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Aoura avaliaçãos
Qualidade em um dia bom: 2.0
Consistência do surf: 2.0
Nível de dificuldade: 4.0
Multidões: 2.0

Overall: 3.0

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Baseado em 1 vote. Vote


Surf Report Feed

Aoura Swell Statistics, Dezembro: All Swell – Any Wind

This image illustrates the range of swells directed at Aoura over a normal December and is based upon 2705 NWW3 model predictions since 2006 (values every 3 hours). The wave model does not forecast surf and wind right at the shore so we have chosen the best grid node based on what we know about Aoura. In the case of Aoura, the best grid node is 14 km away (9 miles).

The rose diagram illustrates the distribution of swell sizes and swell direction, while the graph at the bottom shows the same thing but without direction information. Five colours represent increasing wave sizes. Very small swells of less than 0.5m (1.5 feet) high are shown in blue. These occurred only 57% of the time. Green and yellow show increasing swell sizes and largest swells greater than >3m (>10ft) are shown in red. In each graph, the area of any colour is proportional to how often that size swell happens.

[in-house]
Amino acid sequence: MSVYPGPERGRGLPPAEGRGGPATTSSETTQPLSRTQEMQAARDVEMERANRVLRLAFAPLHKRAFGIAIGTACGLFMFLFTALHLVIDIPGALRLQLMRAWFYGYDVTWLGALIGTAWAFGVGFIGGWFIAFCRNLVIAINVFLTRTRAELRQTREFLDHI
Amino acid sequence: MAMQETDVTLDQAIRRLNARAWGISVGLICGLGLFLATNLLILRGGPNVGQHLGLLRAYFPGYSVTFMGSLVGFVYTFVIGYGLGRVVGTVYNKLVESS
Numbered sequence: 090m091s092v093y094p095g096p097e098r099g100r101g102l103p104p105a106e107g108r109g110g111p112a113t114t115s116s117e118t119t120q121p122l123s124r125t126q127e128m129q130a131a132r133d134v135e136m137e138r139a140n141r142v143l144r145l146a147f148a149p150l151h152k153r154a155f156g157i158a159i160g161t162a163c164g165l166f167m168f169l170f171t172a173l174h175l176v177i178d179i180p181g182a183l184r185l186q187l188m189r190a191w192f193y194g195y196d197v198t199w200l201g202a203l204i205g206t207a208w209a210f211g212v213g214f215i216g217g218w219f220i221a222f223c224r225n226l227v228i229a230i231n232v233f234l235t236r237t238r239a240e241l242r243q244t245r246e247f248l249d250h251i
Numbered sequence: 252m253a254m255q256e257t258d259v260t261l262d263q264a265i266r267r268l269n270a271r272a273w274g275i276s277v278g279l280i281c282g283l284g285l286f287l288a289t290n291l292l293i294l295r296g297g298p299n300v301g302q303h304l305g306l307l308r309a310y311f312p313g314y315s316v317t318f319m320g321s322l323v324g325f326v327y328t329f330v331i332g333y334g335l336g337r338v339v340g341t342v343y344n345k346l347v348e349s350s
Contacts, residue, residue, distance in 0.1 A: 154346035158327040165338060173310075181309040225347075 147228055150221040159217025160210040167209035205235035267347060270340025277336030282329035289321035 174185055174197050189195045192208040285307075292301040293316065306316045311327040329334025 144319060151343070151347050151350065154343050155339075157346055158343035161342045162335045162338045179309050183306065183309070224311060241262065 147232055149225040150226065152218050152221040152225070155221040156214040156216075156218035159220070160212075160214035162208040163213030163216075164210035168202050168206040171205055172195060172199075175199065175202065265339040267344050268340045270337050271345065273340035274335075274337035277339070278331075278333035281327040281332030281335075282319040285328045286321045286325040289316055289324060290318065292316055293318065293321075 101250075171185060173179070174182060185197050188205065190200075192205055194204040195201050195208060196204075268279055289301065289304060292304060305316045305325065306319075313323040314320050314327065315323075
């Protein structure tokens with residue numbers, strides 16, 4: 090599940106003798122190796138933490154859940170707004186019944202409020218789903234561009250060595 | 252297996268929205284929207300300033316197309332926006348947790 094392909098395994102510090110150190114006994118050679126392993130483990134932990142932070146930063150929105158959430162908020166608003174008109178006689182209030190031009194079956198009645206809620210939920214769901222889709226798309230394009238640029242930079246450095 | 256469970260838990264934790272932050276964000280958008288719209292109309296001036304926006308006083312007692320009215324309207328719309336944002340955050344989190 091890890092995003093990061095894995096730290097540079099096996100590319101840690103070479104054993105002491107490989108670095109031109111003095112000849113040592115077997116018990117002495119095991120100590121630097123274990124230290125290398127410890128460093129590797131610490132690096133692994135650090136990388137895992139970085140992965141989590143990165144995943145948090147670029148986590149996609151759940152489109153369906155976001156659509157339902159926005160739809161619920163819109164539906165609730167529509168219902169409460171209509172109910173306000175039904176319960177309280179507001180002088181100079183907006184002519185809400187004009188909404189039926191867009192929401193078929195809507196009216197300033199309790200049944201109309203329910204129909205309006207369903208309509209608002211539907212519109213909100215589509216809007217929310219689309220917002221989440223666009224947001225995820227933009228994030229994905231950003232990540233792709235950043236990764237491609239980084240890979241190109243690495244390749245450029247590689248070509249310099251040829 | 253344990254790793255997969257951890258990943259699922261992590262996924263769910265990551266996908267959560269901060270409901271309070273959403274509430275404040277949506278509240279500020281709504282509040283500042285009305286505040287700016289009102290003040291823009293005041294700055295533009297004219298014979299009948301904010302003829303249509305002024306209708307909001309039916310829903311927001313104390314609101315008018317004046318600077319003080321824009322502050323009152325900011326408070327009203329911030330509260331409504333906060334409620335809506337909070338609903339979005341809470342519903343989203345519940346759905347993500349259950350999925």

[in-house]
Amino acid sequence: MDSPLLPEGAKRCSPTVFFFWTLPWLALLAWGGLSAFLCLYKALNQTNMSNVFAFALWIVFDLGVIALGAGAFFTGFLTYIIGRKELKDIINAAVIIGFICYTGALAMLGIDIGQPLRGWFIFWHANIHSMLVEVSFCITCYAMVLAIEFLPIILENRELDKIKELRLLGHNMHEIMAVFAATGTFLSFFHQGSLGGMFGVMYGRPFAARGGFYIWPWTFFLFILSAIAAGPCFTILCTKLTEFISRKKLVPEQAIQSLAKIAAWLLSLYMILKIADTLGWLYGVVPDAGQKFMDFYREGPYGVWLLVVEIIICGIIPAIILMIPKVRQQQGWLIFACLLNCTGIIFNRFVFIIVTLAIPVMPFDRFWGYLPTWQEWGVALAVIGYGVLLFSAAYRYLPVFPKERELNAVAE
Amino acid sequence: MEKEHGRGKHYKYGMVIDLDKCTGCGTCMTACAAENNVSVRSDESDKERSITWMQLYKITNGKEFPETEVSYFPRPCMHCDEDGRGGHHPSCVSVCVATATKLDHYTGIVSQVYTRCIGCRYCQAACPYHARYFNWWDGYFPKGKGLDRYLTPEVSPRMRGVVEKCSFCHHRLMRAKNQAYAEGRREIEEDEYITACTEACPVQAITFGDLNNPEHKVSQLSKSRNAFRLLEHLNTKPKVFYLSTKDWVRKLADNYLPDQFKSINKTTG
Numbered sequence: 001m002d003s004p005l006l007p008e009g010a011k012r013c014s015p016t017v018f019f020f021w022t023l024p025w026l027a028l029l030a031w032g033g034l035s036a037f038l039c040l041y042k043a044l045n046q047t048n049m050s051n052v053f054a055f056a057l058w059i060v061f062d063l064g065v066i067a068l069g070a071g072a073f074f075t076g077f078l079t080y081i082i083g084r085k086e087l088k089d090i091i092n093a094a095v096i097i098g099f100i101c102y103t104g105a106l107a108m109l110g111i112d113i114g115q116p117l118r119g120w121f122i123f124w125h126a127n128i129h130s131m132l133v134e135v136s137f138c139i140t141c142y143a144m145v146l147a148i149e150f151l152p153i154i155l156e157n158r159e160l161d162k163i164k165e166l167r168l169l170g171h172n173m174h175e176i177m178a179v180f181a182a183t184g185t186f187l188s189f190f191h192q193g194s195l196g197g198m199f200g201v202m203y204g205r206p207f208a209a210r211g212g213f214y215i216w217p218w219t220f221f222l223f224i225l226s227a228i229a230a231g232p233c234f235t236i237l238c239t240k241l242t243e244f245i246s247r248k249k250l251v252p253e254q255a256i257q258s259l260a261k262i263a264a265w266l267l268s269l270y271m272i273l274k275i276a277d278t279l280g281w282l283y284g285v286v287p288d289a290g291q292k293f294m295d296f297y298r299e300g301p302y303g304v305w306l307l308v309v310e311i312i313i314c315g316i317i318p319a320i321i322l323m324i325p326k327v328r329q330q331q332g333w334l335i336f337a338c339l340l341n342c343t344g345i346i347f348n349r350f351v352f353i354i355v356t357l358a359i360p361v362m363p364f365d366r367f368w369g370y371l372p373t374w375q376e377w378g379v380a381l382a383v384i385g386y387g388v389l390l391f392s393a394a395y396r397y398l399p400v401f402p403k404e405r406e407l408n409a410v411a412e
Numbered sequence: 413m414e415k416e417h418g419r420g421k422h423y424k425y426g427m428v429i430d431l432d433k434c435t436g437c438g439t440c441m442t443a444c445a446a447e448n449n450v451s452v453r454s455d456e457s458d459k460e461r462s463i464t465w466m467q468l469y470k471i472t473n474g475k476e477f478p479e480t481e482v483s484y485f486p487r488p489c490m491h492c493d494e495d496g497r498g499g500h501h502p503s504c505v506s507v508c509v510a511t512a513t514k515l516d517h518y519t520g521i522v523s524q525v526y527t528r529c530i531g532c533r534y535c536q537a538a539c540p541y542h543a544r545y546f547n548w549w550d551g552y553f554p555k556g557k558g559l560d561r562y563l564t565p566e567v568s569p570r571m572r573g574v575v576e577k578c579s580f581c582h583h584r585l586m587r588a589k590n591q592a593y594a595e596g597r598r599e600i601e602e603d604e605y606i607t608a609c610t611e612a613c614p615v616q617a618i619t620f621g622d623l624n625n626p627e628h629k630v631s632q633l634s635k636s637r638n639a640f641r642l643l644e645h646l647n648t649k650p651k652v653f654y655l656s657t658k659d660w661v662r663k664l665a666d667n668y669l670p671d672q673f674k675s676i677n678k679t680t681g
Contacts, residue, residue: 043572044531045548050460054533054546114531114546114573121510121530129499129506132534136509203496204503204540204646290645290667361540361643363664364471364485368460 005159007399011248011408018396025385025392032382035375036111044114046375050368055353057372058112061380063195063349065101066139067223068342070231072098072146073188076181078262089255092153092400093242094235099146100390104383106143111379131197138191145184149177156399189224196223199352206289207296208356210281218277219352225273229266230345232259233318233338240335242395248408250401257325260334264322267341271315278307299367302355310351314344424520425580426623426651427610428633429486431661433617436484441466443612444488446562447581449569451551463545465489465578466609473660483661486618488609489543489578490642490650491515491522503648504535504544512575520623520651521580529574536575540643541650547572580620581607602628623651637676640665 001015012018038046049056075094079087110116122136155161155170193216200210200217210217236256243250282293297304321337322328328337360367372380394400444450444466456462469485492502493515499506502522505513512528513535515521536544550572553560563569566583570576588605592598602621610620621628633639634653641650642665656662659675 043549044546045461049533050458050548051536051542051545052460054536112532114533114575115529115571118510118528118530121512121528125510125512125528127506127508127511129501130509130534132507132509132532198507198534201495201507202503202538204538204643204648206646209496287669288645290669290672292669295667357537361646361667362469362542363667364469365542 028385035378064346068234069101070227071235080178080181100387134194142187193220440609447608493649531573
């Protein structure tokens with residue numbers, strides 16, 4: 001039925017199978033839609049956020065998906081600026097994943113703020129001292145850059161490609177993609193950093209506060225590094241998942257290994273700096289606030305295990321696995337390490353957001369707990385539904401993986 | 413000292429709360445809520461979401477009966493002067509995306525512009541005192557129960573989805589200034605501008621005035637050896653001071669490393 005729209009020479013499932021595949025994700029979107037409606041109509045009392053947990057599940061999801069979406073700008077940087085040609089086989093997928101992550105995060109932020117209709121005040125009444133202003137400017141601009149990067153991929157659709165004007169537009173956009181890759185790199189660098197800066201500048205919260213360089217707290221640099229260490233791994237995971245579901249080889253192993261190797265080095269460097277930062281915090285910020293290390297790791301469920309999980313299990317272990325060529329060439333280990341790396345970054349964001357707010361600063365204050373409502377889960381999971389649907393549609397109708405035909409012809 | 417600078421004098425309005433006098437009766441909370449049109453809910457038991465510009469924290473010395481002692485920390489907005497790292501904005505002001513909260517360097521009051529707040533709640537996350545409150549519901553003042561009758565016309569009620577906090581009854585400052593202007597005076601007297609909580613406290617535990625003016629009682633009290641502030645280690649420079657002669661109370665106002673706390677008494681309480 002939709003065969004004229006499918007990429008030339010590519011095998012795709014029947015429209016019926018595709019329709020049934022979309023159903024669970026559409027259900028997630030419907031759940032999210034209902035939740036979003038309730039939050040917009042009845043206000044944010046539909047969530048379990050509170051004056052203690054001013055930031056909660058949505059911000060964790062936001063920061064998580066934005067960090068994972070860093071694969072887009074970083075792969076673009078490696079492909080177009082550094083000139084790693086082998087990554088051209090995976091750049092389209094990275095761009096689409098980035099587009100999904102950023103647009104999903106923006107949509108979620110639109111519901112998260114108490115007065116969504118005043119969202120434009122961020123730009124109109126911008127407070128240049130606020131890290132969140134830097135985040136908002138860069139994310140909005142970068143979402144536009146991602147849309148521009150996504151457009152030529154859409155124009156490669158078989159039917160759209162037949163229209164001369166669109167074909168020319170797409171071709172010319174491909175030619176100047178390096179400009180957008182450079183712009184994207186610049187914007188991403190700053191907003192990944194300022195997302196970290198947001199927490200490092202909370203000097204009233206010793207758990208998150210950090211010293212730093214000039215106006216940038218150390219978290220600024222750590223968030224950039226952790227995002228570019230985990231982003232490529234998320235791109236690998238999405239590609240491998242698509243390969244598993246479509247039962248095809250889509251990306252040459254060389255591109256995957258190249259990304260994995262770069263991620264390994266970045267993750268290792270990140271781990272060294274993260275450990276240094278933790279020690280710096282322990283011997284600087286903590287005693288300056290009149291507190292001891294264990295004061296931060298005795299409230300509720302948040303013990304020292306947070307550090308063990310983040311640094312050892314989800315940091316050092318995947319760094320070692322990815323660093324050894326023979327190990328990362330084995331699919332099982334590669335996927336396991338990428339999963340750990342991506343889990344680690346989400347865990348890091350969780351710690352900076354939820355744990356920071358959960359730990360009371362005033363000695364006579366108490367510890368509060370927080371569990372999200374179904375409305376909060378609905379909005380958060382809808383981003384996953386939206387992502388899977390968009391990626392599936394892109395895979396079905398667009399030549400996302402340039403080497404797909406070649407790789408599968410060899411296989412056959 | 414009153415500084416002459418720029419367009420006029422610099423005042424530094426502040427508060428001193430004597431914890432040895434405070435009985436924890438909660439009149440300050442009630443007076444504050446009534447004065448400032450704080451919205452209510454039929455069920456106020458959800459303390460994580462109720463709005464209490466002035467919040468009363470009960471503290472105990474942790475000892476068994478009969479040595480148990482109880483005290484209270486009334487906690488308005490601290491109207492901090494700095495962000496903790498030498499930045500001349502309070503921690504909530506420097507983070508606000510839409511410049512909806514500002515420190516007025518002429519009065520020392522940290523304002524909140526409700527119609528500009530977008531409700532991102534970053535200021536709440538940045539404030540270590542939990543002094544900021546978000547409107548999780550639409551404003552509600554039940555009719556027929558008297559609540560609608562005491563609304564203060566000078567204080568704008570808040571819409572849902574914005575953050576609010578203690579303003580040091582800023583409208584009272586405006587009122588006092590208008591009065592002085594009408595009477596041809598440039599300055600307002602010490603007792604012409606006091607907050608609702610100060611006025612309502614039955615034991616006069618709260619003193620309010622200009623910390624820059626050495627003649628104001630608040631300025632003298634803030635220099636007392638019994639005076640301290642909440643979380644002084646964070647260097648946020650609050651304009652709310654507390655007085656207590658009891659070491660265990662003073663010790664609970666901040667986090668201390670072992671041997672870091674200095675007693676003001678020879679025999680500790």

The diagram indicates that the dominant swell direction, shown by the biggest spokes, was ENE, whereas the the most common wind blows from the NNW. Because the wave model grid is out to sea, sometimes a strong offshore wind blows largest waves away from Aoura and offshore. We combine these with the no surf category of the bar chart. To simplify things we don't show these in the rose graph. Because wind determines whether or not waves are good for surfing at Aoura, you can load a different image that shows only the swells that were predicted to coincide with glassy or offshore wind conditions. During a typical December, swells large enough to cause clean enough to surf waves at Aoura run for about 43% of the time.

IMPORTANT: Beta version feature! Swell heights are open water values from NWW3. There is no attempt to model near-shore effects. Coastal wave heights will generally be less, especially if the break does not have unobstructed exposure to the open ocean.